There are 10 writing superpowers

  1. X-Ray Vision: These kids are great at describing what they see. They think in pictures, and are often good at drawing as well. Encourage them to imagine a scene in their heads and simply write down what they see.

2. Supersonic hearing: This is one of my superpowers, and is a great source of not only story ideas, but natural-sounding dialogue. Lots of writers I know are eavesdroppers, and I encourage kids to look for story ideas in the daily conversations around them. Mum telling stories about the ‘olden days’ might be a story starter, as might two younger kids in the playground talking about how cool it would be to fly to the moon.

  1. The ability to leap: While it’s important that kids learn to plan a story, those Keen Beans who can start with an idea and a sentence and then follow the story to the end have a superpower. It’s a crazy way to write (I know because I do it) and can go horribly wrong, but if you have a Keen Bean who works this way, encourage them to push their idea as far as they can – as long as they finish the story.
  1. Endurance: If there’s one thing I’ve learnt about writing in the many years that I’ve been doing it, it’s this: most people are really good starters. But the ones who get really good at writing have a very special superpower – they keep going until they finish the story. Kids who finish are superheroes and should be treated as such.
  1. Analytical thinking: Kids who are good at maths often think they’re not good at writing, but that problem solving ability they have can be a writing superpower. When I talk about this superpower, I use Ironman as an example. People who are plotters and planners make up a huge proportion of published authors for one simple reason: they finish their novels. When you have a logical blueprint, you never end up with your hero stuck in a hole with no way to get out (as once happened to me).
  1. Memory: In The Mapmaker Chronicles, my hero Quinn has a photographic memory, which I think is a writing superpower. Kids who have good memories are able to recall not just the things that happened to them, but how they felt about those things. This is indispensable not only for coming up with story ideas, but for using small details to make the stories feel real. I encourage all kids to keep a journal or diary to help develop this superpower.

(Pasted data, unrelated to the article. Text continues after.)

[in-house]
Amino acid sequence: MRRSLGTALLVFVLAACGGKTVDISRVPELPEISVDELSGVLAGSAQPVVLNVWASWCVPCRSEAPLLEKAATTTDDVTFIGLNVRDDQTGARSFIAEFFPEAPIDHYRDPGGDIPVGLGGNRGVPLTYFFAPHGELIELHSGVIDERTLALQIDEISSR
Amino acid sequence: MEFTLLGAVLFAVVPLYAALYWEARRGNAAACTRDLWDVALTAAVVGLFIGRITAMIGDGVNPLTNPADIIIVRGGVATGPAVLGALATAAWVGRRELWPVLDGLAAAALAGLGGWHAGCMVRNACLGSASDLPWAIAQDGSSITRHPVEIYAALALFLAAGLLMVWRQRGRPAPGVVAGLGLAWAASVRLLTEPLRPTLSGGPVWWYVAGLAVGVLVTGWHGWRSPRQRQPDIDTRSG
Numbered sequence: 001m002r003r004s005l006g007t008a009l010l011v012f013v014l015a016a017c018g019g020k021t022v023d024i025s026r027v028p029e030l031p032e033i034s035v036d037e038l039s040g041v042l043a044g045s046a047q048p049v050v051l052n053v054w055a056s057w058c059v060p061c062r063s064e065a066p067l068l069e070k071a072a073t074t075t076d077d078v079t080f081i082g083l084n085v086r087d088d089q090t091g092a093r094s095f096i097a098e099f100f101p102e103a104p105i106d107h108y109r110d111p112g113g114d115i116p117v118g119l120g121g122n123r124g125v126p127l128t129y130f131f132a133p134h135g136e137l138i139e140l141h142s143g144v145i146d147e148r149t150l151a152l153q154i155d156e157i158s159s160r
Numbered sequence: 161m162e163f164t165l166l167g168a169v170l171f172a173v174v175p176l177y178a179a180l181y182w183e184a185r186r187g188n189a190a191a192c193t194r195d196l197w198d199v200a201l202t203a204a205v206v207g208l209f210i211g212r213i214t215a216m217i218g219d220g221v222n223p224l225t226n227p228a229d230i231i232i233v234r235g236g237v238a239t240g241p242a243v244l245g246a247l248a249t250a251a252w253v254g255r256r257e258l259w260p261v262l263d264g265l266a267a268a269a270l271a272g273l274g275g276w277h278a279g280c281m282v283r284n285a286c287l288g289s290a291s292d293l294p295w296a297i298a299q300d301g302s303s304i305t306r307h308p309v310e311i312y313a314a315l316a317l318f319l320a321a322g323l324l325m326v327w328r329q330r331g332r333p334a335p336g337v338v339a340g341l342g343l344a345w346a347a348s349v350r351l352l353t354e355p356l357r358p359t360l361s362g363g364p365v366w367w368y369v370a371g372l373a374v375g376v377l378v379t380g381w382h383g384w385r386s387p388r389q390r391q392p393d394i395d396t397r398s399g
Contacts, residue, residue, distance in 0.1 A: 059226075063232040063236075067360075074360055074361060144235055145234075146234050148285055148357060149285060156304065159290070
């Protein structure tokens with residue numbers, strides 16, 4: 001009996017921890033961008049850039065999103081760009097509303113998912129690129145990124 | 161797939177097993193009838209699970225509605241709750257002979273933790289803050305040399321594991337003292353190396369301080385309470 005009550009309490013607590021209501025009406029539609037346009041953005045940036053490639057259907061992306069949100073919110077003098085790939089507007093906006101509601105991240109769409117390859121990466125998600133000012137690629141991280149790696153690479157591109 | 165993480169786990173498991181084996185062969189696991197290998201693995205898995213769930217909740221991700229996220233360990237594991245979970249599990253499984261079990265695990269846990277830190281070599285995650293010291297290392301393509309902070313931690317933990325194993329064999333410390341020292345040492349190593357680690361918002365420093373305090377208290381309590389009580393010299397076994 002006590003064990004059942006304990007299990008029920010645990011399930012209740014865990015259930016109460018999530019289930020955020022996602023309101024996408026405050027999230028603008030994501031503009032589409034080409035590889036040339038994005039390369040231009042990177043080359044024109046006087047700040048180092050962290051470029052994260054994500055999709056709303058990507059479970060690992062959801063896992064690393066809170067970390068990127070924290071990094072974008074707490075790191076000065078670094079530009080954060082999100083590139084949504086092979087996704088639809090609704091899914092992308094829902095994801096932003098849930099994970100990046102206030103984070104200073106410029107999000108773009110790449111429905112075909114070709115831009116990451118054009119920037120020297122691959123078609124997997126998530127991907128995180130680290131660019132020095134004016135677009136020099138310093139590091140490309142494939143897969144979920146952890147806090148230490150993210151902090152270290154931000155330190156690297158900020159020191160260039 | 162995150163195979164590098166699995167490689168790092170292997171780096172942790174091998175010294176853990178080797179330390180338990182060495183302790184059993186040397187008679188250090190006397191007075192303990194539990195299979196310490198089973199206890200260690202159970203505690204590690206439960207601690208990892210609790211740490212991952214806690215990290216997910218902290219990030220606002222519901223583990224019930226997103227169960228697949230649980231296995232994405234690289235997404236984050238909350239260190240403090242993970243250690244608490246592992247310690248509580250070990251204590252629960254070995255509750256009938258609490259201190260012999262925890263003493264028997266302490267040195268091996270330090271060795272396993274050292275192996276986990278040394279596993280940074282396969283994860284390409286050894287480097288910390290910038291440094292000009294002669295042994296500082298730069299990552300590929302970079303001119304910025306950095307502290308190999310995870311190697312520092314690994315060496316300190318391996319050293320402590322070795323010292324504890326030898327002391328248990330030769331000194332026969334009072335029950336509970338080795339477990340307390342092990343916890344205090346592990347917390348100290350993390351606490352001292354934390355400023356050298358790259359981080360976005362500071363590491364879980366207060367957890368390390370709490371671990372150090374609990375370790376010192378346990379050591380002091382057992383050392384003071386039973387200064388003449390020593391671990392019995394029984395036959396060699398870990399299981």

1. The ability to shrink and expand at will: While Ant Man is not often associated with writing, I use him as an example of the value of editing your work. He can shrink himself when he feels like it, or be larger than life. Writers who can do that to their work have a superpower – being able to go through your words and remove the stuff that’s not necessary, or add in details that are, is a rare skill. Kids who understand the importance of editing – and are good at it – are miles ahead.
  1. Spidey senses: By the time they get to grade four, most kids have heard that they need to use all five senses when they’re writing a story. But it’s a rare kid who actually does it. If you have a kid in your class who describes the salty taste of the air at the beach, or shows you humidity by describing the sweat rolling down a character’s arms and the damp stickiness of his clothes, you have a superhero right there.
  1. Batman’s voice: this is perhaps the greatest writing superpower of all. One of the questions I’m often asked in high school workshops is this: how do I stop myself from writing like John Green/ Suzanne Collins/ Rainbow Rowell? The only way to do it is to tap into your own writing voice, which is basically the way that you put things together – the words you choose, the sentences you use, the little jokes you put in. The best writers write like they talk – only better.

What does this have to do with Batman? Everyone has their own Batman Impersonation (mine is particularly impressive now that I’ve had to do it at countless workshops). We’re all trying to sound like Christian Bale or Michael Keaton or Adam West – and yet we all still sound different.

Writing is the same. We’re all writing a story, but the thing that makes the story special is our writing voice.

A kid who has developed his or her own writing voice is a superstar.

  1. Bravery: Writers who write what they think and feel, and are willing to let other people read it, are really, really brave. The best thing about this writing superpower is that it can be developed with time and practise.

Why do writing superpowers matter?

Every kid, even the ones who don’t think that writing is for them, can find something on this list that they’re good at – or can become good at (in the case of bravery, for instance).

I encourage kids to identify one writing superpower and use it to give them the confidence to keep writing. Because when you’re confident that you’ve got at least one thing going really well, then it’s much easier to take risks with writing and to try different things.